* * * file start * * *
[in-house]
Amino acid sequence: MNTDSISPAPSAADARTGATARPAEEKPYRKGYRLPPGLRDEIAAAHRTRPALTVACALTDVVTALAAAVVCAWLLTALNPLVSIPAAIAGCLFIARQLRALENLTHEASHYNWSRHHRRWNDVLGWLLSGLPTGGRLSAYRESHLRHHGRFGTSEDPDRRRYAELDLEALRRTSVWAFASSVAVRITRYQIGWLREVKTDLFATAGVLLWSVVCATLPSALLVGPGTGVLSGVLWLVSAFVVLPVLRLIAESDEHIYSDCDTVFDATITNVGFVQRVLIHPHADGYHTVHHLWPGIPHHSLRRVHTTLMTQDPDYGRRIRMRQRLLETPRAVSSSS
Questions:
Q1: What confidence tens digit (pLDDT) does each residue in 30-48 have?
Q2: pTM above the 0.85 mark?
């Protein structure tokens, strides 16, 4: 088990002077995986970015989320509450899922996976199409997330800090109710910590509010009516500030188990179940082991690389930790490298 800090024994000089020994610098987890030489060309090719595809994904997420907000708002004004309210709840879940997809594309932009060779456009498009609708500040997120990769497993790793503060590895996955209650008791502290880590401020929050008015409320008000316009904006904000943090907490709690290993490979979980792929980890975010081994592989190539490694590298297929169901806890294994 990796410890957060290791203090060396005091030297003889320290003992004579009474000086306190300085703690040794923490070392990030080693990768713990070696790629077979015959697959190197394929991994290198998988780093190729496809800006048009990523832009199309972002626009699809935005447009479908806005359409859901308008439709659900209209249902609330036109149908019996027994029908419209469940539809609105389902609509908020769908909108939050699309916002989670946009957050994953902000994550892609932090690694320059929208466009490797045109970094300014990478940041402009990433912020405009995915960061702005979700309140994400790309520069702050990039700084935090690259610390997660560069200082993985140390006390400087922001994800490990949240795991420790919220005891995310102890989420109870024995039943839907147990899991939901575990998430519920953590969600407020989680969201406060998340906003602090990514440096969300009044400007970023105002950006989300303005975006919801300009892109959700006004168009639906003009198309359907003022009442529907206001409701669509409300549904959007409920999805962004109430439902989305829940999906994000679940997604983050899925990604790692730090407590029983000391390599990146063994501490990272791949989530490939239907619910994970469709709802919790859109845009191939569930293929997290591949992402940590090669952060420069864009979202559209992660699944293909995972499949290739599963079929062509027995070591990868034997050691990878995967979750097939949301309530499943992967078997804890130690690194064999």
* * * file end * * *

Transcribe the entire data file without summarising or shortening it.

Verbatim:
[in-house]
Amino acid sequence: MNTDSISPAPSAADARTGATARPAEEKPYRKGYRLPPGLRDEIAAAHRTRPALTVACALTDVVTALAAAVVCAWLLTALNPLVSIPAAIAGCLFIARQLRALENLTHEASHYNWSRHHRRWNDVLGWLLSGLPTGGRLSAYRESHLRHHGRFGTSEDPDRRRYAELDLEALRRTSVWAFASSVAVRITRYQIGWLREVKTDLFATAGVLLWSVVCATLPSALLVGPGTGVLSGVLWLVSAFVVLPVLRLIAESDEHIYSDCDTVFDATITNVGFVQRVLIHPHADGYHTVHHLWPGIPHHSLRRVHTTLMTQDPDYGRRIRMRQRLLETPRAVSSSS
Questions:
Q1: What confidence tens digit (pLDDT) does each residue in 30-48 have?
Q2: pTM above the 0.85 mark?
């Protein structure tokens, strides 16, 4: 088990002077995986970015989320509450899922996976199409997330800090109710910590509010009516500030188990179940082991690389930790490298 800090024994000089020994610098987890030489060309090719595809994904997420907000708002004004309210709840879940997809594309932009060779456009498009609708500040997120990769497993790793503060590895996955209650008791502290880590401020929050008015409320008000316009904006904000943090907490709690290993490979979980792929980890975010081994592989190539490694590298297929169901806890294994 990796410890957060290791203090060396005091030297003889320290003992004579009474000086306190300085703690040794923490070392990030080693990768713990070696790629077979015959697959190197394929991994290198998988780093190729496809800006048009990523832009199309972002626009699809935005447009479908806005359409859901308008439709659900209209249902609330036109149908019996027994029908419209469940539809609105389902609509908020769908909108939050699309916002989670946009957050994953902000994550892609932090690694320059929208466009490797045109970094300014990478940041402009990433912020405009995915960061702005979700309140994400790309520069702050990039700084935090690259610390997660560069200082993985140390006390400087922001994800490990949240795991420790919220005891995310102890989420109870024995039943839907147990899991939901575990998430519920953590969600407020989680969201406060998340906003602090990514440096969300009044400007970023105002950006989300303005975006919801300009892109959700006004168009639906003009198309359907003022009442529907206001409701669509409300549904959007409920999805962004109430439902989305829940999906994000679940997604983050899925990604790692730090407590029983000391390599990146063994501490990272791949989530490939239907619910994970469709709802919790859109845009191939569930293929997290591949992402940590090669952060420069864009979202559209992660699944293909995972499949290739599963079929062509027995070591990868034997050691990878995967979750097939949301309530499943992967078997804890130690690194064999």